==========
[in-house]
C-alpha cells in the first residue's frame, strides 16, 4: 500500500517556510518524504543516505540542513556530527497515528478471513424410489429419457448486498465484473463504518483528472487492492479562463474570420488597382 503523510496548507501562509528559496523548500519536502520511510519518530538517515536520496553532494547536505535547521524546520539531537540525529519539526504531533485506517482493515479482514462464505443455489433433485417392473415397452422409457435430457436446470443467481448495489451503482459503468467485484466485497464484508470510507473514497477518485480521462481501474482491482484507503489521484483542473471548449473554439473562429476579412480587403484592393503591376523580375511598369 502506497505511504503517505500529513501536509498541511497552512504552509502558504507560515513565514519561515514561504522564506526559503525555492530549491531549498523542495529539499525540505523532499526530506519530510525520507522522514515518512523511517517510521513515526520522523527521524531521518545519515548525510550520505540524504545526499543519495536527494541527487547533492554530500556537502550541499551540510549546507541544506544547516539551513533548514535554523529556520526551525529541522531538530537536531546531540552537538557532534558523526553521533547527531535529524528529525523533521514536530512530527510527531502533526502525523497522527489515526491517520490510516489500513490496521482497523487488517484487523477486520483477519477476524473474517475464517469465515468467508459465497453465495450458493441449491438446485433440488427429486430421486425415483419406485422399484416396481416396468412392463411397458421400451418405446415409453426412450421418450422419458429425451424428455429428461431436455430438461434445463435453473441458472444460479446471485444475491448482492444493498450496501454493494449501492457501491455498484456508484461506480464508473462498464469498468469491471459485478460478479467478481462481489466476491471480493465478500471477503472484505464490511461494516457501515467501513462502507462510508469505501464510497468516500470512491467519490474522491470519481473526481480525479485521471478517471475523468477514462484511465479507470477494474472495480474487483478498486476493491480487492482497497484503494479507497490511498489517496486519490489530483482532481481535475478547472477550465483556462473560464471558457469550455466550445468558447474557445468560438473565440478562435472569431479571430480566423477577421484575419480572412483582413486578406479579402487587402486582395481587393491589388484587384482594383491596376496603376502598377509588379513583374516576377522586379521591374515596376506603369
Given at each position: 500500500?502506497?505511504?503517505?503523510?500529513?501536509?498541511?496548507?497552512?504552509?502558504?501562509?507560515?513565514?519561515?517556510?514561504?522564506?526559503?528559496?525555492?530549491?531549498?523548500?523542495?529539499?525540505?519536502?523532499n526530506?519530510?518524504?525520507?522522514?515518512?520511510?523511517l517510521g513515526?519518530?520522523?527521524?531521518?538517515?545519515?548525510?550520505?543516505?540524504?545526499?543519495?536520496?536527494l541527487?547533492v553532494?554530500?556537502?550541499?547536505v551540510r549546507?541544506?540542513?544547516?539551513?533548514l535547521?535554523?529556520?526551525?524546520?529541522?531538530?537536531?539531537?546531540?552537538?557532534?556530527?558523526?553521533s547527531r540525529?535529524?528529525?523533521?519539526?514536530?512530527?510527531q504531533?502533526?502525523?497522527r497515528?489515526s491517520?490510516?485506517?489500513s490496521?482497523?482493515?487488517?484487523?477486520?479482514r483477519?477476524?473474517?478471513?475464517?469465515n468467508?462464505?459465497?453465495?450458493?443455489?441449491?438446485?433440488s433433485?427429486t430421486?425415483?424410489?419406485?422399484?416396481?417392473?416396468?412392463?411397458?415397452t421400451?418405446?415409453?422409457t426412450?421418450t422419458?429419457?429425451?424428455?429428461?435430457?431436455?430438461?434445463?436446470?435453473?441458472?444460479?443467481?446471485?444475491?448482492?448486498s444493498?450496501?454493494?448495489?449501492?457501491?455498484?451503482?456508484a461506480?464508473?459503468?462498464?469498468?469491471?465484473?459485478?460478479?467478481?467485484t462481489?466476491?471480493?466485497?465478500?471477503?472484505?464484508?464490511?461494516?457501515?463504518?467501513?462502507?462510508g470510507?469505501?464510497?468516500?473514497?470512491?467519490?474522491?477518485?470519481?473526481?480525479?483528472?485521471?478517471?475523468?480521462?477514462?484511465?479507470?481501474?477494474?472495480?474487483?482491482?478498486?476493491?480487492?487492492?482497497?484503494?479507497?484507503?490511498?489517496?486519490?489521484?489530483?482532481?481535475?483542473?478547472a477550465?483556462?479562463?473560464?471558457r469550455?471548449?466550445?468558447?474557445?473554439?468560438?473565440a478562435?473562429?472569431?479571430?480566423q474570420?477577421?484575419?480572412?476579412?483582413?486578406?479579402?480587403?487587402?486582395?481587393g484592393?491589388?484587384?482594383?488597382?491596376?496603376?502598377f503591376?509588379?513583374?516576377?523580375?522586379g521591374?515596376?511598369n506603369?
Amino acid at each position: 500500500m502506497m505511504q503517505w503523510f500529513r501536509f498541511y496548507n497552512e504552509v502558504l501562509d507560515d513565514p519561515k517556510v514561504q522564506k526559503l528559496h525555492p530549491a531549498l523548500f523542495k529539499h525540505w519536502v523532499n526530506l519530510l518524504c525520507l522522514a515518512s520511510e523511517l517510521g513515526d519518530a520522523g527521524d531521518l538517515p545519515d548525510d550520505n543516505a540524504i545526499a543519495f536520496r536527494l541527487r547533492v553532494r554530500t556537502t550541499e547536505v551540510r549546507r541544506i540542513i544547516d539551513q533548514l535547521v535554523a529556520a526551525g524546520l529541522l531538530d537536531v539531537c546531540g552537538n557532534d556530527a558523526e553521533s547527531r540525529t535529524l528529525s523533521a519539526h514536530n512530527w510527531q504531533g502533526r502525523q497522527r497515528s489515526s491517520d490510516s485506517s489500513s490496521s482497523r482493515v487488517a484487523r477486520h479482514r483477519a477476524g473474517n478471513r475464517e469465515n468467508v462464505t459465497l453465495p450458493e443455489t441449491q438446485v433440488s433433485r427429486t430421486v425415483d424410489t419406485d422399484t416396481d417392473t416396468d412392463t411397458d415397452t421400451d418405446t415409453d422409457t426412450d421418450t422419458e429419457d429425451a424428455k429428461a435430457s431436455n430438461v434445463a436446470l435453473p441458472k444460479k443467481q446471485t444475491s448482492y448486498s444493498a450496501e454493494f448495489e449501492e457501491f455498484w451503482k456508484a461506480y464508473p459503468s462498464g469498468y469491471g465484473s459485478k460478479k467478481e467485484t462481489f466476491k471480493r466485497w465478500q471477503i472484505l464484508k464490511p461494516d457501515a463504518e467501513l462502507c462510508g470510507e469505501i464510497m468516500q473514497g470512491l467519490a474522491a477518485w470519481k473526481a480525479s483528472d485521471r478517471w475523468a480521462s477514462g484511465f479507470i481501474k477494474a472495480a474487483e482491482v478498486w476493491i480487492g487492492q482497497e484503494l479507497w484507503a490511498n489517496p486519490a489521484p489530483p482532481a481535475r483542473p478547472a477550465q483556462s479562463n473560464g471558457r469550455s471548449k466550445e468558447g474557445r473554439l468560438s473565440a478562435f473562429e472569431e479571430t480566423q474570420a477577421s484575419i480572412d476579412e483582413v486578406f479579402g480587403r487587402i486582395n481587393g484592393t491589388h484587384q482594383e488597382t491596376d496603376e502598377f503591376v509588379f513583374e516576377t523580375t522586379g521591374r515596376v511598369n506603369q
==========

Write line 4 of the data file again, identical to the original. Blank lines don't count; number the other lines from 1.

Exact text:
Amino acid at each position: 500500500m502506497m505511504q503517505w503523510f500529513r501536509f498541511y496548507n497552512e504552509v502558504l501562509d507560515d513565514p519561515k517556510v514561504q522564506k526559503l528559496h525555492p530549491a531549498l523548500f523542495k529539499h525540505w519536502v523532499n526530506l519530510l518524504c525520507l522522514a515518512s520511510e523511517l517510521g513515526d519518530a520522523g527521524d531521518l538517515p545519515d548525510d550520505n543516505a540524504i545526499a543519495f536520496r536527494l541527487r547533492v553532494r554530500t556537502t550541499e547536505v551540510r549546507r541544506i540542513i544547516d539551513q533548514l535547521v535554523a529556520a526551525g524546520l529541522l531538530d537536531v539531537c546531540g552537538n557532534d556530527a558523526e553521533s547527531r540525529t535529524l528529525s523533521a519539526h514536530n512530527w510527531q504531533g502533526r502525523q497522527r497515528s489515526s491517520d490510516s485506517s489500513s490496521s482497523r482493515v487488517a484487523r477486520h479482514r483477519a477476524g473474517n478471513r475464517e469465515n468467508v462464505t459465497l453465495p450458493e443455489t441449491q438446485v433440488s433433485r427429486t430421486v425415483d424410489t419406485d422399484t416396481d417392473t416396468d412392463t411397458d415397452t421400451d418405446t415409453d422409457t426412450d421418450t422419458e429419457d429425451a424428455k429428461a435430457s431436455n430438461v434445463a436446470l435453473p441458472k444460479k443467481q446471485t444475491s448482492y448486498s444493498a450496501e454493494f448495489e449501492e457501491f455498484w451503482k456508484a461506480y464508473p459503468s462498464g469498468y469491471g465484473s459485478k460478479k467478481e467485484t462481489f466476491k471480493r466485497w465478500q471477503i472484505l464484508k464490511p461494516d457501515a463504518e467501513l462502507c462510508g470510507e469505501i464510497m468516500q473514497g470512491l467519490a474522491a477518485w470519481k473526481a480525479s483528472d485521471r478517471w475523468a480521462s477514462g484511465f479507470i481501474k477494474a472495480a474487483e482491482v478498486w476493491i480487492g487492492q482497497e484503494l479507497w484507503a490511498n489517496p486519490a489521484p489530483p482532481a481535475r483542473p478547472a477550465q483556462s479562463n473560464g471558457r469550455s471548449k466550445e468558447g474557445r473554439l468560438s473565440a478562435f473562429e472569431e479571430t480566423q474570420a477577421s484575419i480572412d476579412e483582413v486578406f479579402g480587403r487587402i486582395n481587393g484592393t491589388h484587384q482594383e488597382t491596376d496603376e502598377f503591376v509588379f513583374e516576377t523580375t522586379g521591374r515596376v511598369n506603369q